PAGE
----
Nearly 60 stakeholders attended a community transition meeting last Wednesday to discuss the closure of Houston Forest Products (HFP).
In attendance were West Fraser managers and employees, local contractors, government officials and employees, education representatives and the Houston council.
“The meeting was pretty positive, better than most people expected,” said Houston Deputy Mayor Shane Brienen.
“It’s easy to be angry or frustrated, and people have a lot of legitimate concerns.
“It’s quite early, it’s only been a week, but people are already looking forward and starting to talk about different options and things we could do,” he said.
The meeting was set up by Houston Council and the Community Transition Team to begin discussing the impact of the HFP closure and crafting a plan of action to deal with coming changes.
Acknowledging the large and devastating impact of the HFP closure, several people made positive statements about the opportunity still available in Houston.
“Since Thursday, we’ve had nine people come into our office looking at starting up or expanding businesses because they see opportunities with the mill being shut down,” said Jerry Botti, General Manager of Nadina Community Futures.
Dennis Hotte, owner of DH Manufacturing, says he sees lots of opportunity in Houston.
“There is huge opportunity in Houston. I see growth for a lot more secondary manufacturing and value-added to our products,” he said.
Klaus Posselt, owner of Tahtsa Timber, agreed.
“I see a lot of dead wood out there, timber sales that aren’t going to be harvested by the majors because it’s either too small, too dry, or too twisted,” he said.
West Fraser Operations Manager John Vander Ende said based on research he’s done, there is a business opportunity with baby squares in China.
“The Chinese today will buy a radial pine log, and the cost of the log delivered to the dock is higher than what I felt we could deliver to China as a baby square cut out of low grade fibre.”
“I believe there’s a business there, but it isn’t with conventional equipment…
“There is low grade fibre available in the north that if you have the right facility and the right product mix, there’s an opportunity,” he said.
Botti from Community Futures said that getting access to fibre at a decent price is a big challenge.
If those issues could be addressed, it would go a long way in creating some employment in this area, he said.
Miller, Chair of RDBNt, offered help and support to Houston and local leaders, who are tasked to look at ways of diversifying the economy.
“We’ve been very active in trying to persuade government to make sure that there is no additional administrative barriers.
“It’s an important step, if we’re going to be able to diversify our economies in the north, to be able to eliminate those administrative barriers, and we’re committed to do that,” he said.
Joel McKay, Communications Director of the Northern Development Initiative Trust (NDIT), said they have programs and services available to help develop the economy.
McKay said they’re focused on economic development, and have funding programs, both grants and loans, and capacity building services which are available.
He says they’ve been in Houston for eight years and have provided funding to the Northwest Community College, to the District of Houston for the geothermal power plant and some for Steelhead Park.
“There’s a variety of ways we can help… whether you’re a business, the District, or a non-profit,” he said.
Jerry Botti, Community Futures, says they can provide business loans for people looking at expanding or starting up a business.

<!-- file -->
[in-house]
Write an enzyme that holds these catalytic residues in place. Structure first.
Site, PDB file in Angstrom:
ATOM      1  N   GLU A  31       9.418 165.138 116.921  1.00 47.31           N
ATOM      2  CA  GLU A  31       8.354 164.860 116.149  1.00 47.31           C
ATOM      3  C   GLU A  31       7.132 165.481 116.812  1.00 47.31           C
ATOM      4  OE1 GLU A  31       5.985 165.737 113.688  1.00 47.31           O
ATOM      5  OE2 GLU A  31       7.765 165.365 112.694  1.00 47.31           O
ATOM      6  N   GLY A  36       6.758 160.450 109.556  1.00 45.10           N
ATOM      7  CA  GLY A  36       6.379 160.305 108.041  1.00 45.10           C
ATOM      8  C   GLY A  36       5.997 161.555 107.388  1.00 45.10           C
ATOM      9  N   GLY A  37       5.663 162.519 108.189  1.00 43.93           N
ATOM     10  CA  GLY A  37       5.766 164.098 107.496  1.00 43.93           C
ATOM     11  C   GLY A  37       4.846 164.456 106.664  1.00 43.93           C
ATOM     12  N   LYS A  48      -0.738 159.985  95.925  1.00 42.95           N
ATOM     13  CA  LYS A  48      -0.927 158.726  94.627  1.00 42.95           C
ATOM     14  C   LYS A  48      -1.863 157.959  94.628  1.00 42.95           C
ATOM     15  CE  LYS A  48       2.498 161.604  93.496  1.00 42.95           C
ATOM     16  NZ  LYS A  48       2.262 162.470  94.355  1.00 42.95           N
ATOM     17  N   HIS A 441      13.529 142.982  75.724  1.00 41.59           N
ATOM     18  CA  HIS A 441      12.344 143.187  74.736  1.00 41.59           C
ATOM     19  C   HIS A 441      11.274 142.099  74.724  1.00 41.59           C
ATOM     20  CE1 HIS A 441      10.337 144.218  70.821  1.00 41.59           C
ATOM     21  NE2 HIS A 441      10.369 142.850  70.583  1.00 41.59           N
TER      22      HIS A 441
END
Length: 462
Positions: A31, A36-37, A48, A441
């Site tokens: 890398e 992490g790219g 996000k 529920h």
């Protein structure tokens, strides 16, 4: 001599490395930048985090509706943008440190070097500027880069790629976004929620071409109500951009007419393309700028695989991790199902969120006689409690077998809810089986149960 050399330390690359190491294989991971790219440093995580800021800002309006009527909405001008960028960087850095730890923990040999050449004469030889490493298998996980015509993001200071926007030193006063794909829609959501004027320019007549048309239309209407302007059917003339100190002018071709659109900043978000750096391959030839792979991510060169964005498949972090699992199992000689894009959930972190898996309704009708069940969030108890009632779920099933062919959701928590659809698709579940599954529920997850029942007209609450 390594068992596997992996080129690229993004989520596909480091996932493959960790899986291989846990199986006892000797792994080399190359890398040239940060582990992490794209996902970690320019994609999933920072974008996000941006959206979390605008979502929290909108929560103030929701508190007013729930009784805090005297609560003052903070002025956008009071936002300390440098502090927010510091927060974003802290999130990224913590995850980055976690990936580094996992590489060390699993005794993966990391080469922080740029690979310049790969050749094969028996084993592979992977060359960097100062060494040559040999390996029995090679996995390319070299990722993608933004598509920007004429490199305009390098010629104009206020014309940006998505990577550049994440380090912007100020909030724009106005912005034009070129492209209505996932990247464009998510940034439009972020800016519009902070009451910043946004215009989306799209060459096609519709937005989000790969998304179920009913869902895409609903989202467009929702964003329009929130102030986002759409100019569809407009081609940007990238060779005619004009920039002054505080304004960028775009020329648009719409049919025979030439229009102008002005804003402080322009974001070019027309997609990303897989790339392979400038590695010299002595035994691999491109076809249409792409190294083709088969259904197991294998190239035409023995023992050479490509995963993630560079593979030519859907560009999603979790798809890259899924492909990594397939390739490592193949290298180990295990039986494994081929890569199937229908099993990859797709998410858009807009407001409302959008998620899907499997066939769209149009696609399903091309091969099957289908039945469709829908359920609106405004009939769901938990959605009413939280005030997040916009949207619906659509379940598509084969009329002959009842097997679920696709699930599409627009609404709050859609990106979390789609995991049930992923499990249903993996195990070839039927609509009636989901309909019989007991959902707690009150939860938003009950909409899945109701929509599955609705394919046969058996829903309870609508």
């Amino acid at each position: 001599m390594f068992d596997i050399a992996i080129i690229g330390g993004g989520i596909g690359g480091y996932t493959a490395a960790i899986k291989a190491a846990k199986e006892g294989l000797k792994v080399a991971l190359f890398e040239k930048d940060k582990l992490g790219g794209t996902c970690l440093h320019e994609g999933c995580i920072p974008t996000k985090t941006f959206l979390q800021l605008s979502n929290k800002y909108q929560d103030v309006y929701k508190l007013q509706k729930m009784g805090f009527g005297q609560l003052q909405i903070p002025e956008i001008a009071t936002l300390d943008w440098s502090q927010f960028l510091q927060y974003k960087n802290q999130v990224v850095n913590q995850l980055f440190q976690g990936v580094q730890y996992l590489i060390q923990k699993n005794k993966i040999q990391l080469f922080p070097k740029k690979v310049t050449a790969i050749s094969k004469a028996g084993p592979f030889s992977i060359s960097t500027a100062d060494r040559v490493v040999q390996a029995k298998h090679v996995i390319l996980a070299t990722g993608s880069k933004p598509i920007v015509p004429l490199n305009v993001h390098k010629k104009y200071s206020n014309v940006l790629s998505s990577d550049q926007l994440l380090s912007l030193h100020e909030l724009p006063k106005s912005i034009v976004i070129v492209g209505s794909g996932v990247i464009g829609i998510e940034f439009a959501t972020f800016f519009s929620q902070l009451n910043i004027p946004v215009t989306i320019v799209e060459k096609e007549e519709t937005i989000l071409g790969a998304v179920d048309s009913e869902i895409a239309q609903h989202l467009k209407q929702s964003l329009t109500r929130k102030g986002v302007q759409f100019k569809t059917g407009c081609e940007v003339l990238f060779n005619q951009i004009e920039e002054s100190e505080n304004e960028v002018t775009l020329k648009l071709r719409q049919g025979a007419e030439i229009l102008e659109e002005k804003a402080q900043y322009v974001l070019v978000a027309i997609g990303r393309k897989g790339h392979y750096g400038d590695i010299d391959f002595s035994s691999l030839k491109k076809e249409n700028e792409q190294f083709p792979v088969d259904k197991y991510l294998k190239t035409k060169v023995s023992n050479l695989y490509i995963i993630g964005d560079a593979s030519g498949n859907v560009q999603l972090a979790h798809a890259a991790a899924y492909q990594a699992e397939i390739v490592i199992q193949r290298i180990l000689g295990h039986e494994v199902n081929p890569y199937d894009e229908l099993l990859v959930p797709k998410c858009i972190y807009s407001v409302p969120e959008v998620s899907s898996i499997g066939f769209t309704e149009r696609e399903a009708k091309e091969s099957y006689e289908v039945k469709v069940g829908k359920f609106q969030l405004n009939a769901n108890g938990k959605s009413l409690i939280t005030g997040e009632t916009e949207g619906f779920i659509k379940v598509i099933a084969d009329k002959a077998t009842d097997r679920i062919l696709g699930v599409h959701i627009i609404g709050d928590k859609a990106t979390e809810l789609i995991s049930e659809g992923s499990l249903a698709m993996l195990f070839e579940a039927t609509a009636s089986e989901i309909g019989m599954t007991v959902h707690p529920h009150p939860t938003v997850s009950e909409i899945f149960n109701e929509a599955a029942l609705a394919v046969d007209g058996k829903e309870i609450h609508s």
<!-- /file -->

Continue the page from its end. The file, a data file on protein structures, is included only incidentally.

Both McKay, NDIT, and Miller, RDBN, said they have online databases available for northern industrial businesses to post their services on, to take advantage of the developments coming to northern B.C.
“BC-based businesses should get the benefit of projects that are coming to B.C.,” McKay said, adding that contractors can register for free on the database (supplychainconnnector.ca) which will be used by major companies coming in with LNG lines, mines, etc.
Bill Miller, Chair of Regional District of Bulkley-Nechako (RDBN), said the region should make sure incoming companies, such as pipelines and mines, are aware of the social responsibility they have to employees and the community when they close.
TIME TO PULL TOGETHER
Bill Miller, RDBN, said there is a significant difference between the mill explosion in Burns Lake and what’s happening here: In Burns Lake it was immediate, but here there is advance warning before the shut down.
Miller said that on one hand there’s more anxiety build up, but on the other hand it gives time to prepare.
“You have the opportunity to use the lead time to your advantage, use the advantage,” he said, adding that Houston should also leverage their situation to gain advantage from the province, Northern Development, and industry.
“The community needs to work together,” Miller said, adding that Houston should use the Community Transition Team, which was very helpful in Burns Lake.
“Everybody has their piece, and when you put people together… there are all sorts of things that can be created and leveraged on,” said Sarah Fraser, leader of the Community Transition Team.
Brienen concluded the discussion, thanking everyone for coming and inviting them to continue to participate in the process of moving Houston forward, by joining one of the work forces Houston council is putting together.
“Logging is really what we do in Houston… it’s always been our strength, but in a lot of ways it’s been our weakness too that we never looked at anything else around here,” he said.
“We believe that there’s a lot of opportunities in this area and there’s a lot going on, and it looks like there’s a lot coming, whether it be mining or natural gas or connecting to the port somehow.
“That’s what we really want to start focusing on is where do we go next and what are those opportunities,” he said.